To manage industries and to maintain accounts, a need of higher education was felt. Excessive production was send to other countries. For this, it was necessary to learn foreign languages. Just by learning foreign languages, trade relations with other countries could be established. To run and maintain large machines, foreign education was also required.
In this way we can see that need of education was felt with advent of industrialisation.
Q. 7. Explain weaknesses and demerits of producing goods and services under capitalist system of production.
Ans. Weaknesses in production of Goods. Few weaknesses always remain in the production of goods under capitalist system and some of them are given below:
(i) Capitalist only produce things for his own welfare. Actually his main motive is to earn more and more profit.
(ii) Capitalist never cared about quality while producing things. Instead, he tries to produce those things which could earn him more profit. That is why low quality goods come in the market.
(iii) When any good, made by capitalist, becomes popular he then tries to sell it in black market as well.
Weaknesses in system of Services.
(i) Capitalists try to take more work by giving minimum wages.
(ii) They also employ children and women with less wages.
(iii) They never care about providing health facilities and other facilities to their labourers.
(iv) They never try to improve the condition of factories.
Q. 8. What was the signficance of London?
Ans. The significance of London was as follows:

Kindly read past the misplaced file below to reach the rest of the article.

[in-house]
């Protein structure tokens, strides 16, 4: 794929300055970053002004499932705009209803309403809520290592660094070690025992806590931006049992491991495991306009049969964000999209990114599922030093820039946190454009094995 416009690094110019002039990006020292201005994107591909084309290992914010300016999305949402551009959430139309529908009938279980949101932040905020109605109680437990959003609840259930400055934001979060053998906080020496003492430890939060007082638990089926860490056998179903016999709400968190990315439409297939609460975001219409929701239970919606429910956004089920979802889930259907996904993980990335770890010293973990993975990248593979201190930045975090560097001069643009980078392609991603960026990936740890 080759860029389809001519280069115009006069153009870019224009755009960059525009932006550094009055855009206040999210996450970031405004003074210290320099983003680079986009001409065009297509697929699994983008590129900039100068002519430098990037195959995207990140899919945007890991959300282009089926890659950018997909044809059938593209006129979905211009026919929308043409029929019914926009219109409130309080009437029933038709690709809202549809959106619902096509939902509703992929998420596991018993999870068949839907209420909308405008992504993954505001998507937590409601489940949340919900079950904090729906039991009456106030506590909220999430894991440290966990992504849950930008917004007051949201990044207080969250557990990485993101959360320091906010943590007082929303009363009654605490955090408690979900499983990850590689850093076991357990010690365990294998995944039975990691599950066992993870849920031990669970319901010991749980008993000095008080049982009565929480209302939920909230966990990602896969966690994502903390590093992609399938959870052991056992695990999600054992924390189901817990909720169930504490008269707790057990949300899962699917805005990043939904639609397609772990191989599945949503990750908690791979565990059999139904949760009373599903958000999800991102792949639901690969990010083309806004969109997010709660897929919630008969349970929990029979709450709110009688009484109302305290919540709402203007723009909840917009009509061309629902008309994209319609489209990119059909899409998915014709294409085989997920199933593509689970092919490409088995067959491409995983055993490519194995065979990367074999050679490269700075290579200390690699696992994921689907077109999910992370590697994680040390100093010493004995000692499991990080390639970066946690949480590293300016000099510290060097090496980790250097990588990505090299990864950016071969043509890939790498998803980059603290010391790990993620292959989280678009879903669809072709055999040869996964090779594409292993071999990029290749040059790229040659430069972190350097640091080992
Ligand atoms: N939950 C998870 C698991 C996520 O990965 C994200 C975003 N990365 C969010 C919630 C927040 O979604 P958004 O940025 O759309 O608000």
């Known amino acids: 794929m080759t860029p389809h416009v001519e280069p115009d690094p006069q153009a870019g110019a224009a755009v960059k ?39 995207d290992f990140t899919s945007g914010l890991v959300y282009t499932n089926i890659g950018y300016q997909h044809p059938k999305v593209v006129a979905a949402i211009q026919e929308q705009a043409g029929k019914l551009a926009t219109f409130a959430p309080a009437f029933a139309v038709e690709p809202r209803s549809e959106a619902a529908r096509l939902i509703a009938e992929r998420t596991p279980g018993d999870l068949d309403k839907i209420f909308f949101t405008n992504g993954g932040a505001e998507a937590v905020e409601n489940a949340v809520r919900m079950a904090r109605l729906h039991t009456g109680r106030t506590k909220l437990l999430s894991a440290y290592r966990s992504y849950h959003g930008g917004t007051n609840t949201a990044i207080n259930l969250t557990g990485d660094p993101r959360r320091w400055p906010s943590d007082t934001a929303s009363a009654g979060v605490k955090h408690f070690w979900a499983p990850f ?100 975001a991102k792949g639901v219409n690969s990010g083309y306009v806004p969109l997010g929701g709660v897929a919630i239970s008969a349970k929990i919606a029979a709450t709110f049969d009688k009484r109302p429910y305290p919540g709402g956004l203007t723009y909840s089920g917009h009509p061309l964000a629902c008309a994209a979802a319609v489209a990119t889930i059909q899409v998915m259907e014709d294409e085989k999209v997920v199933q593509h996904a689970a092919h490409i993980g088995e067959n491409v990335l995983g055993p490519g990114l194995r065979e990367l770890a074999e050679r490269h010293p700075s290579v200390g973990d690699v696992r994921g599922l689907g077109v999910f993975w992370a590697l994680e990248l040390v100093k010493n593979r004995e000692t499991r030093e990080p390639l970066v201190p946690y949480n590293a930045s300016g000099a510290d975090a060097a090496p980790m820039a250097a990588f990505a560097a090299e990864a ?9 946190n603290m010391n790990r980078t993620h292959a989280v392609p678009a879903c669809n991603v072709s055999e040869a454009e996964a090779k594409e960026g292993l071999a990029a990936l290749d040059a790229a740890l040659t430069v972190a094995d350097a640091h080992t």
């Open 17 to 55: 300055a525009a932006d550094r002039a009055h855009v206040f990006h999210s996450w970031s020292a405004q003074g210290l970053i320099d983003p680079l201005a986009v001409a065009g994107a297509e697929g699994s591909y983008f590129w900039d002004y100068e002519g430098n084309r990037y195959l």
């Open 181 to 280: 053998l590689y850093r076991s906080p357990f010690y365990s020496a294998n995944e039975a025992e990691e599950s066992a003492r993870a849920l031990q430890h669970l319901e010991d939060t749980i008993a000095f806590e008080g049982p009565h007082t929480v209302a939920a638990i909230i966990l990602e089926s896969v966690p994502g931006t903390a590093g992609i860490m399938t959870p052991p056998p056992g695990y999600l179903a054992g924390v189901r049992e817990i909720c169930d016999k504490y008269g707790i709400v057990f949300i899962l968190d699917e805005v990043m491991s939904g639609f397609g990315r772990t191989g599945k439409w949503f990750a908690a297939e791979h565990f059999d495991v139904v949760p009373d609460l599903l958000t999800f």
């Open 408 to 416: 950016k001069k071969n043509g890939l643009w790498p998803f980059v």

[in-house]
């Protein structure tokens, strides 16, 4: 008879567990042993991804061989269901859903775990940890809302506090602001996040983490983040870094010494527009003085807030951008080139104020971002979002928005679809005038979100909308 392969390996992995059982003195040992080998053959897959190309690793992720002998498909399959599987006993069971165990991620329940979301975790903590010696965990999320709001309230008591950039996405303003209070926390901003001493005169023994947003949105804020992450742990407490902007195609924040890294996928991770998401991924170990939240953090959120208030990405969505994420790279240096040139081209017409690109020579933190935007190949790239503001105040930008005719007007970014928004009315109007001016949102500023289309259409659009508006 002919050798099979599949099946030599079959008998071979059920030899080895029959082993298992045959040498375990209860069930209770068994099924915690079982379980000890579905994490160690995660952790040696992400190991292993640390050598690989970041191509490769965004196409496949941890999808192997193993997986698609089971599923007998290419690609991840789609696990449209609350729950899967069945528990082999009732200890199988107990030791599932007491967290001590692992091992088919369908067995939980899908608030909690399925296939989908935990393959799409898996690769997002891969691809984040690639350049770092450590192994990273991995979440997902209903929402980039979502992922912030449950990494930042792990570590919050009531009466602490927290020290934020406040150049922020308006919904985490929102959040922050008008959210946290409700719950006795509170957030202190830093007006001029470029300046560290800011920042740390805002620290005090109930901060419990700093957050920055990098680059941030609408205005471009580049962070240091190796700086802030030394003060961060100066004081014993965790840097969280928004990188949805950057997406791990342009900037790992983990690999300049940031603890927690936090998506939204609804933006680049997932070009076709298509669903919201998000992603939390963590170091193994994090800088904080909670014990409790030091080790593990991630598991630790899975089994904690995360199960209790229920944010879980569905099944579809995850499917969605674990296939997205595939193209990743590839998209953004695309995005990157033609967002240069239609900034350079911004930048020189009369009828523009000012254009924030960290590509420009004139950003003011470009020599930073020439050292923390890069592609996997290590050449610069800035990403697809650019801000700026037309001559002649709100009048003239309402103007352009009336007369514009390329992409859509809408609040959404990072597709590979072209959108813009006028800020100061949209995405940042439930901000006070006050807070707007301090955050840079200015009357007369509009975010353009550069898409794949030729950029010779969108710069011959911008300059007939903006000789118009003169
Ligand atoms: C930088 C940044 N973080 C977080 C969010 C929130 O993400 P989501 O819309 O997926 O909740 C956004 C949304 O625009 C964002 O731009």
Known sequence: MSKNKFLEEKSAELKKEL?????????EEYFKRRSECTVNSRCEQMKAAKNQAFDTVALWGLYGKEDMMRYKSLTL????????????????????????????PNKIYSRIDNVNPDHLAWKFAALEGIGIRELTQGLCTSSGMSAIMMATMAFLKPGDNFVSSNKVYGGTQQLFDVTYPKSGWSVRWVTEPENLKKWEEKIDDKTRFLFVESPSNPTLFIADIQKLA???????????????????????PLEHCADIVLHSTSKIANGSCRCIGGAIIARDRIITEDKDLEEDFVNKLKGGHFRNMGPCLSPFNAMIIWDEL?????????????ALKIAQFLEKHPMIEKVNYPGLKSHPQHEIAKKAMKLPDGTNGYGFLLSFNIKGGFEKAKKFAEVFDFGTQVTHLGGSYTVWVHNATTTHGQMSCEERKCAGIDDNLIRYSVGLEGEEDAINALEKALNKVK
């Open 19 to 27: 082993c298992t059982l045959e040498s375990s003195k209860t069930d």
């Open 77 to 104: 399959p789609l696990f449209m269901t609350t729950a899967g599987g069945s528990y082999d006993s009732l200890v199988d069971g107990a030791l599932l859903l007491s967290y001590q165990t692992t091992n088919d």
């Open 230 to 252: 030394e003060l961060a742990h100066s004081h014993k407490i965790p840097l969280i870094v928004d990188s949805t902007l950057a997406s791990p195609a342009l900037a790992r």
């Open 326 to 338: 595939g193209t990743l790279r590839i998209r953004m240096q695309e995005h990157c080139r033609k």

(1) London was the largest among eleven cities of Britain whose population doubled between 1750 and 1800 C.E.
(2) It served as the hub of Britain’s markets.
(3) All other large cities were located close to London.
(4) It was the principal source of loans for international trade.
(5) It was the centre of a triangular trade network that drew in England, Africa and the West Indies.
(6) The companies trading in America and Asia had their offices in London.
Q. 9. How did the Derbys of Shropshire bring about a revolution in the metallurgical industry?
Ans. The Derbys of Shropshire brought about a revolution in the metallurgic industry in the following ways:
(i) The first Derby invented a blast furnace in 1709 C.E. This furnace used coke which could generate high temperatures. Now it was not necessary to depend on charcoal for furnaces. The melted iron, which came out of these furnaces, allowed finer and larger castings than before.
(ii) The Second Derby developed wrought iron from pig iron and this wrought iron was less brittle.
(iii) In 1779 C.E., the third Derby built the first iron bridge in the world. This bridge was situated in Coalbrookdale, spanning the river Severn.
Q. 10. What was the importance of cotton industry for Britain?
Ans. Production of cotton was not possible in Britain. Even then from the decade of 1780, cotton industry became the symbol of the British industrialisation. This industry had two main features which could have been seen in other industries as well:
(i) Whole of the cotton had to be imported as it was a necessary raw material.
(ii) Major part of cloth was exported. For whole of this process, it was necessary for England to have its own colonies, so that enough cotton could be imported from colonies and cloth could be sold in the market of colonies. Imperialism was encouraged by this process. This industry was mainly dependent upon women and children working in the factories.